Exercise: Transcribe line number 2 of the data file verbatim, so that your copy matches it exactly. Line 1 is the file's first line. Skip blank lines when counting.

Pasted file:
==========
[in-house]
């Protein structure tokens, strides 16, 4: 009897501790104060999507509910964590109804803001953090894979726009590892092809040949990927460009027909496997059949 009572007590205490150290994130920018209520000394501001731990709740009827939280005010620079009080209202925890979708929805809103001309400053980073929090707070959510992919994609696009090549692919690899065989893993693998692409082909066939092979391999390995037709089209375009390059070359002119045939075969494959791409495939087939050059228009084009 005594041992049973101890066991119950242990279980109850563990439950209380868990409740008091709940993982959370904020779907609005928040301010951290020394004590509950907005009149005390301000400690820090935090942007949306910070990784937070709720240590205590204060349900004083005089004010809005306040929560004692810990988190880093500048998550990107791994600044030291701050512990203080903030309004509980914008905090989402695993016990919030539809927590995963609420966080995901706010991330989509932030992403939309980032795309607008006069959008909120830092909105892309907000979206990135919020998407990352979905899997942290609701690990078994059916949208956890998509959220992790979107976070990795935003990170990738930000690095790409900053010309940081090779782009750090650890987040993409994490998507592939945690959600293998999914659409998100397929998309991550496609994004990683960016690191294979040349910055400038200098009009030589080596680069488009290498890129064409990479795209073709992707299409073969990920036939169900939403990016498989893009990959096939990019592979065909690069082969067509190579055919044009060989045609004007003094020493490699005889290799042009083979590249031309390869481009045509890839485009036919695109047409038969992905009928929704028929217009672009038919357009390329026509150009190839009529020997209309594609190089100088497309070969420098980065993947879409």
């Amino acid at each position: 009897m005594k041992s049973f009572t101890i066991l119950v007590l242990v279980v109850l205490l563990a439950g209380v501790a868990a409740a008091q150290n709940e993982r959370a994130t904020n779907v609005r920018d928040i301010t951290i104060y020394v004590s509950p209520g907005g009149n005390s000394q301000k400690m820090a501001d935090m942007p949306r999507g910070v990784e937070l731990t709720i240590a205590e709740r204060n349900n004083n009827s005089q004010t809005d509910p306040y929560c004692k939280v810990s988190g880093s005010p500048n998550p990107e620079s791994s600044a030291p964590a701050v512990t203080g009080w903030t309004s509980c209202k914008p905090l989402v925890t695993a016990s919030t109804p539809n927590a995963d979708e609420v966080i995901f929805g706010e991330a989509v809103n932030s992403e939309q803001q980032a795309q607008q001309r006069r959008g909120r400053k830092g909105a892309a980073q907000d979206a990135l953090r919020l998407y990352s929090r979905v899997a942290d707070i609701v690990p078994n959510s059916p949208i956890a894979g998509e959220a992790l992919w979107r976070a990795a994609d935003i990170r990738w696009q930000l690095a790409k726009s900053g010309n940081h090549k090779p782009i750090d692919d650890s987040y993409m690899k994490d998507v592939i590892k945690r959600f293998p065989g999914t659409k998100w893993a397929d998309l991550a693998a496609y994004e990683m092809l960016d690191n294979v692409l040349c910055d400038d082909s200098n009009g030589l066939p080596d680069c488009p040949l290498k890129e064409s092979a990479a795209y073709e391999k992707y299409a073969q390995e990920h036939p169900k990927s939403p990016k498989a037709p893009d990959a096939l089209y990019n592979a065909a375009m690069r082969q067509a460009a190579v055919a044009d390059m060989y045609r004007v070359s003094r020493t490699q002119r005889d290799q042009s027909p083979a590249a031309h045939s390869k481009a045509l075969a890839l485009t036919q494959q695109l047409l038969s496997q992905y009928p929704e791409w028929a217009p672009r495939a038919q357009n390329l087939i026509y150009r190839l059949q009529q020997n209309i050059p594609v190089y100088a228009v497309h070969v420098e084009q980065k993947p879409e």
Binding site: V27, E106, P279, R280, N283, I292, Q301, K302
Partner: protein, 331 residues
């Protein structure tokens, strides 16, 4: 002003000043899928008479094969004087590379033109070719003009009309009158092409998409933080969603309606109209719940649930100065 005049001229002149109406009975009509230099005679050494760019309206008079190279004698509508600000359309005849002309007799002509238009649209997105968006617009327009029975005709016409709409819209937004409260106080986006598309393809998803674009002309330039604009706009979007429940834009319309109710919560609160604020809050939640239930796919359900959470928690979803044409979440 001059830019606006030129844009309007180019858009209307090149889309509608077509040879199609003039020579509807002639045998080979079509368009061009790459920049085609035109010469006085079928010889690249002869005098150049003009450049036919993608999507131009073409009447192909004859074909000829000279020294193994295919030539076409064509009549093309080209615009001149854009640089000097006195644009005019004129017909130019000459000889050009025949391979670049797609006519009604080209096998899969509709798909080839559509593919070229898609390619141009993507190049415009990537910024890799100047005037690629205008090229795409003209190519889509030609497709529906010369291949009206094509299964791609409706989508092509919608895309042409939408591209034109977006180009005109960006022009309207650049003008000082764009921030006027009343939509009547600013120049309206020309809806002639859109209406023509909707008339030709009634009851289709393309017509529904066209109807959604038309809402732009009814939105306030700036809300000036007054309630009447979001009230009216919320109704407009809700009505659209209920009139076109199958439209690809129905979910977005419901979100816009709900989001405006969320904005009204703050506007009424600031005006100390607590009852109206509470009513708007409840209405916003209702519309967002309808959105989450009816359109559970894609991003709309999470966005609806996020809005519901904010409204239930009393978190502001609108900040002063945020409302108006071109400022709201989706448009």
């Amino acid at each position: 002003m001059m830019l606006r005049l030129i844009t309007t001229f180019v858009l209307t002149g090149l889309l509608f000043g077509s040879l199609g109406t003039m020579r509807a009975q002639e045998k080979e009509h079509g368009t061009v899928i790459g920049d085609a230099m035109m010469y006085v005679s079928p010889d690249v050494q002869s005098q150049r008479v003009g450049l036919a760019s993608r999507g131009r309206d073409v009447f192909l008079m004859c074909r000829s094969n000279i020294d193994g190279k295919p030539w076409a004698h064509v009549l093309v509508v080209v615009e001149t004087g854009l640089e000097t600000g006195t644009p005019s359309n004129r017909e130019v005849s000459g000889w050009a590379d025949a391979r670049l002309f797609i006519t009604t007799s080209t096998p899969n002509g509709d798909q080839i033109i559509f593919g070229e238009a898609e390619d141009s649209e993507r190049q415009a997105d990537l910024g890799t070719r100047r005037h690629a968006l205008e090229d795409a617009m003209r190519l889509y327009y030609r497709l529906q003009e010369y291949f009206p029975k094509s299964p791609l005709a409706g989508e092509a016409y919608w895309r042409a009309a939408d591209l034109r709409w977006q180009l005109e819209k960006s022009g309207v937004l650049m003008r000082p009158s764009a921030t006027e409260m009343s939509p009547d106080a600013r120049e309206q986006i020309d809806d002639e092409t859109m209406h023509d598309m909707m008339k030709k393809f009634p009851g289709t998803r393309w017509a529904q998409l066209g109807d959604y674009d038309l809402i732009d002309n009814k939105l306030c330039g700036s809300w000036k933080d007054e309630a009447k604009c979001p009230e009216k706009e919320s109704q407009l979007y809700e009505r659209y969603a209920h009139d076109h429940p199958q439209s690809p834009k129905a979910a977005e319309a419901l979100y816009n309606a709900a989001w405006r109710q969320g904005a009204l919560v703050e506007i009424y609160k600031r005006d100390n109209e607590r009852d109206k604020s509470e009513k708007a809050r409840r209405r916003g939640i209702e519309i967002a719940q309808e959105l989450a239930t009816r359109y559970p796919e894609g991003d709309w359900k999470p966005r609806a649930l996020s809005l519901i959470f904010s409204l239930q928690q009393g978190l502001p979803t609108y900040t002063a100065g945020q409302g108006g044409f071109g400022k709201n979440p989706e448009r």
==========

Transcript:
């Protein structure tokens, strides 16, 4: 009897501790104060999507509910964590109804803001953090894979726009590892092809040949990927460009027909496997059949 009572007590205490150290994130920018209520000394501001731990709740009827939280005010620079009080209202925890979708929805809103001309400053980073929090707070959510992919994609696009090549692919690899065989893993693998692409082909066939092979391999390995037709089209375009390059070359002119045939075969494959791409495939087939050059228009084009 005594041992049973101890066991119950242990279980109850563990439950209380868990409740008091709940993982959370904020779907609005928040301010951290020394004590509950907005009149005390301000400690820090935090942007949306910070990784937070709720240590205590204060349900004083005089004010809005306040929560004692810990988190880093500048998550990107791994600044030291701050512990203080903030309004509980914008905090989402695993016990919030539809927590995963609420966080995901706010991330989509932030992403939309980032795309607008006069959008909120830092909105892309907000979206990135919020998407990352979905899997942290609701690990078994059916949208956890998509959220992790979107976070990795935003990170990738930000690095790409900053010309940081090779782009750090650890987040993409994490998507592939945690959600293998999914659409998100397929998309991550496609994004990683960016690191294979040349910055400038200098009009030589080596680069488009290498890129064409990479795209073709992707299409073969990920036939169900939403990016498989893009990959096939990019592979065909690069082969067509190579055919044009060989045609004007003094020493490699005889290799042009083979590249031309390869481009045509890839485009036919695109047409038969992905009928929704028929217009672009038919357009390329026509150009190839009529020997209309594609190089100088497309070969420098980065993947879409």